Friday, June 10, 2016

How to Stop Making Bad Calls in Poker

Stop making bad calls in poker
Making bad calls at the poker tables is one of the easiest ways to screw up a good win-rate. But there is a big difference between a call made for the right reasons and one that is made simply due to emotion and poor logic.

We definitely want to make plenty of the former (good calls) and avoid making the latter. In this article I am going to explain exactly what the difference is between a good call and a bad call. I am also going to give you strategies to stop making bad calls.

What is a Good Call?

Let's start by talking about the kind of calls that we want to be making. A good call is one that is made for any of the following reasons:
  • You think you have the best hand 
  • You have the right odds to continue 
  • You are setting up a bluff for later on in the hand 
All of these reasons for making a call are based on solid logic and entail a plan for the hand. There is no emotion involved.

A good call also presupposes that you have weighed your other two options (raising or folding) and have decided that there is a higher EV (expected value) in calling.

Let's look at a few examples of each of these.

1. You Think You Have the Best Hand

Hero has A♥J♠

Villain bets $5 into a $10 pot on this river



We could make the call in this spot if we think that we have the best hand. There are plenty of missed straight draws (T9 and KT), missed flush draws (any two clubs) and even a few worse Jacks that might be trying to value bet (KJ, JT).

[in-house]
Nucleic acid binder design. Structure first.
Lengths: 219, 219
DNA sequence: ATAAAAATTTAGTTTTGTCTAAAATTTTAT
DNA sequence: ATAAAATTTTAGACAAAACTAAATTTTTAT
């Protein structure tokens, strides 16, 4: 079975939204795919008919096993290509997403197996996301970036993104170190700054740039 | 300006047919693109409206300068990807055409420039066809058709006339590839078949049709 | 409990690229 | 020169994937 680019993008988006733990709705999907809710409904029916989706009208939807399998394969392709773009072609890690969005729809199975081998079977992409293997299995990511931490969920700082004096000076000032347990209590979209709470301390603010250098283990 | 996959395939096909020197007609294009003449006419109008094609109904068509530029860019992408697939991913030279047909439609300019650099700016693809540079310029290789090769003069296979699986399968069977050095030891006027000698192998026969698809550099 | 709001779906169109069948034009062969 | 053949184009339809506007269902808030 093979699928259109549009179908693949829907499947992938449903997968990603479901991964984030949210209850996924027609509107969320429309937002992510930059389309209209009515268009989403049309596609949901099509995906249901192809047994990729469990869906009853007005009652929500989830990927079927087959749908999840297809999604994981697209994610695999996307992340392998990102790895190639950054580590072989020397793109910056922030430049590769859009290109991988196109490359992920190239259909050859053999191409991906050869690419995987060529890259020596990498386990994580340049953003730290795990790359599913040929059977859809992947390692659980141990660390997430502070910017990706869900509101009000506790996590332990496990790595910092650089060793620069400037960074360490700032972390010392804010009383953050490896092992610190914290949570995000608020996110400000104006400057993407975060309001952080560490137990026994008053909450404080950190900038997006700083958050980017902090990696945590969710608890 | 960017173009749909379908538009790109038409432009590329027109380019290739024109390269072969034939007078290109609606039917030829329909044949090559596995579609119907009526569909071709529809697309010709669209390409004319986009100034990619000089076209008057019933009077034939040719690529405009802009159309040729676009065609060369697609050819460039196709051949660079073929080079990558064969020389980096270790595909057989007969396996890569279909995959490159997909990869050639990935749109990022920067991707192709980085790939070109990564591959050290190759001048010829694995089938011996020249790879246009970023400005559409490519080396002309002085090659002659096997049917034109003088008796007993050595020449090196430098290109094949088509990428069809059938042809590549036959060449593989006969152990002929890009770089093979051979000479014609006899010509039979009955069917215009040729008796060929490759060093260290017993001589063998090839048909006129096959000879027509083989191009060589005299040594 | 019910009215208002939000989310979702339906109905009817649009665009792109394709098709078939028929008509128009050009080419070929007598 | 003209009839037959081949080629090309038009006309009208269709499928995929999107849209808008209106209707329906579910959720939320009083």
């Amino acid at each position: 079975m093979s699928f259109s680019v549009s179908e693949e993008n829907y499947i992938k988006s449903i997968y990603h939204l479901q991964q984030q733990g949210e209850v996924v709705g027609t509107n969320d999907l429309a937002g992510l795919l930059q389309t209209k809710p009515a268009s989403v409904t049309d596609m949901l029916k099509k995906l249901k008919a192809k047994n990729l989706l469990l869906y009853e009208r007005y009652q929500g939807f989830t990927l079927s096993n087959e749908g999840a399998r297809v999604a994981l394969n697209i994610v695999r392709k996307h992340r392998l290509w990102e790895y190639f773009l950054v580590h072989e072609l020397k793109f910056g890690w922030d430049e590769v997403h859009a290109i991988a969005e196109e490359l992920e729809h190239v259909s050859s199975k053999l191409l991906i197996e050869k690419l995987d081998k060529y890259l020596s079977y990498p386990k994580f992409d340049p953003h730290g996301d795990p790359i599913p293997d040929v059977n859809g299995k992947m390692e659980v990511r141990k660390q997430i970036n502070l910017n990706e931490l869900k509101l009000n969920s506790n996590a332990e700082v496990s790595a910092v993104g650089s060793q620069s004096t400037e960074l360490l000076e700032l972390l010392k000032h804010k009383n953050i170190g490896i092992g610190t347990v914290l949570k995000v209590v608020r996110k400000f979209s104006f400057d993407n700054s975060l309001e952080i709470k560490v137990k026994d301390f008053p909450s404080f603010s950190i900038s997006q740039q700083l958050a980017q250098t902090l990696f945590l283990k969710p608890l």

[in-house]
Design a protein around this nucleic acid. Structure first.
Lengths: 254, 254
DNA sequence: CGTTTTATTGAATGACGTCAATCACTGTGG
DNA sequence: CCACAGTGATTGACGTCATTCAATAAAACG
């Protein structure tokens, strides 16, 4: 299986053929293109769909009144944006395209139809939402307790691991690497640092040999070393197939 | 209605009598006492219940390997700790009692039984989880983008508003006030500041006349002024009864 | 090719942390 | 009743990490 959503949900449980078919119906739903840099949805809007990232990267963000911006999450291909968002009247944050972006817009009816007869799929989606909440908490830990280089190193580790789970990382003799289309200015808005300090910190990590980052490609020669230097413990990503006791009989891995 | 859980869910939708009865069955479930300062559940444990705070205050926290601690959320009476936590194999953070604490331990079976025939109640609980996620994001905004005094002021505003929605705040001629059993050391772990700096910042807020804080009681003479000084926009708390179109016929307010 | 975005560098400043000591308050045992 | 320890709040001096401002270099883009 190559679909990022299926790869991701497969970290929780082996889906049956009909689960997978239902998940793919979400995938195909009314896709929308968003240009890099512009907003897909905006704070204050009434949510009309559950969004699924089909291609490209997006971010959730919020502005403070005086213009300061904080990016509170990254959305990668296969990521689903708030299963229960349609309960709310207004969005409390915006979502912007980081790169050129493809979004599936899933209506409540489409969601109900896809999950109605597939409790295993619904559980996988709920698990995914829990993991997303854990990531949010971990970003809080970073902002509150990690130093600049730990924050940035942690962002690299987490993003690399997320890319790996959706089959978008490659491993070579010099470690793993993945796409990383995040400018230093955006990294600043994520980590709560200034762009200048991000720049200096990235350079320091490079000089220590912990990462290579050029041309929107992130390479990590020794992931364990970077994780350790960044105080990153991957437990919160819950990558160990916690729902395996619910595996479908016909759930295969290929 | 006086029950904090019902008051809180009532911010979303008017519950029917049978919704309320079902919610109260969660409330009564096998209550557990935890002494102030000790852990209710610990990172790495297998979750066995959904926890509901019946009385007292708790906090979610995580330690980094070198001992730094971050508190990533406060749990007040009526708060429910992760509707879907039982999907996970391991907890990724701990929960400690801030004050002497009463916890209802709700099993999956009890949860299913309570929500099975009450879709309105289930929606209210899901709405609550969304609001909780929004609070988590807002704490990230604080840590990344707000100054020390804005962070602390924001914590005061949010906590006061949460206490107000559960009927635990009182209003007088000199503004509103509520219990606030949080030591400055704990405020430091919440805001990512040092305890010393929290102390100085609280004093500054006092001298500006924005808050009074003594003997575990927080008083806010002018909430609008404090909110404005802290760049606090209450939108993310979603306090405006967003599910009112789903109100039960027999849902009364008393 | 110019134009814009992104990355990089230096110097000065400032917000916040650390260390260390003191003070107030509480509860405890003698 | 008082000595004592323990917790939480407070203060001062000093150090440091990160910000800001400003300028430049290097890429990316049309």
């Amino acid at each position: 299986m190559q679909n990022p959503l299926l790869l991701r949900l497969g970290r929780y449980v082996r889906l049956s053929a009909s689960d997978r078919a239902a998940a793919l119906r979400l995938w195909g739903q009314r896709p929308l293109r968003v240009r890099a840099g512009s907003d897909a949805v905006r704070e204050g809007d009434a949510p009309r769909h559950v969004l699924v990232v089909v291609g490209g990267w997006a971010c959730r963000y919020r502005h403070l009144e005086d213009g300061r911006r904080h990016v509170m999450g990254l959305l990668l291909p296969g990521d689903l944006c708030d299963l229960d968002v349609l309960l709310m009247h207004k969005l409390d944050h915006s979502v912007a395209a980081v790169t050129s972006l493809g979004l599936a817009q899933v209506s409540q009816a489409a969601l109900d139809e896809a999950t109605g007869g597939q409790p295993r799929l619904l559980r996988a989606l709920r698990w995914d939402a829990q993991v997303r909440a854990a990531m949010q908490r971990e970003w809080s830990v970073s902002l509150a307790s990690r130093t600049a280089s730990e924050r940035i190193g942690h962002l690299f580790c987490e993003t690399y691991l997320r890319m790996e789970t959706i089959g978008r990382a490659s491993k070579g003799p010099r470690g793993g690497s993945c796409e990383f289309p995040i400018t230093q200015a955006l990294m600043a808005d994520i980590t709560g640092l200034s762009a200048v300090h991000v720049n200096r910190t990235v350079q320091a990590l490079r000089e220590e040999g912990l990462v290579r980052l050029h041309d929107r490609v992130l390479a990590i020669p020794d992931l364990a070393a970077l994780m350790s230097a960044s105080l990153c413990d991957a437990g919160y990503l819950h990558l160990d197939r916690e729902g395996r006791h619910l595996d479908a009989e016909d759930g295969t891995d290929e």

We do not expect to be right all of the time though. It is important to remember that in poker we play against ranges, not individual hands.

So while our opponent's range might include several missed draws and some worse Jacks, sometimes we will also be shown a Queen, a set or something else that beats us.

Our decision in this spot really depends heavily on the player type. Some players are going to have more value hands here. Some will have more bluffs.

2. You Have the Right Odds to Continue

Another reason to make a "good call" is because you have the right odds (i.e., the poker math makes sense). So in the example above for instance villain has bet $5 into a pot of $10. Our pot odds here (Bet + Pot Size / Bet) are 3 to 1.

What does this mean to us though?

It means that we should be 3 to 1 against at most to win the pot. Or more specifically, we need to be right here at least 25% of the time. As long as we think that we have the best hand here 1 out of every 4 times or better, we can profitably call.

If we were in a situation say on the turn with a draw then a similar logic would apply. If the odds of making our hand are equal to or better than our pot odds, then we can profitably continue.

For example:

We have a flush draw on the turn. A flush draw is roughly 4 to 1 against to hit on the river. If we are getting 4 to 1 or better pot odds, then we can call and make an immediate profit.

Furthermore, if we have implied odds on the river as well, then sometimes we don't even need to have the right pot odds in order to make a profitable call.

I don't want to turn this into a lengthy treatise on poker math though. I have talked about poker math in detail before on several occasions. You can find a recent article here.

3. You are Setting up a Bluff Later on in the Hand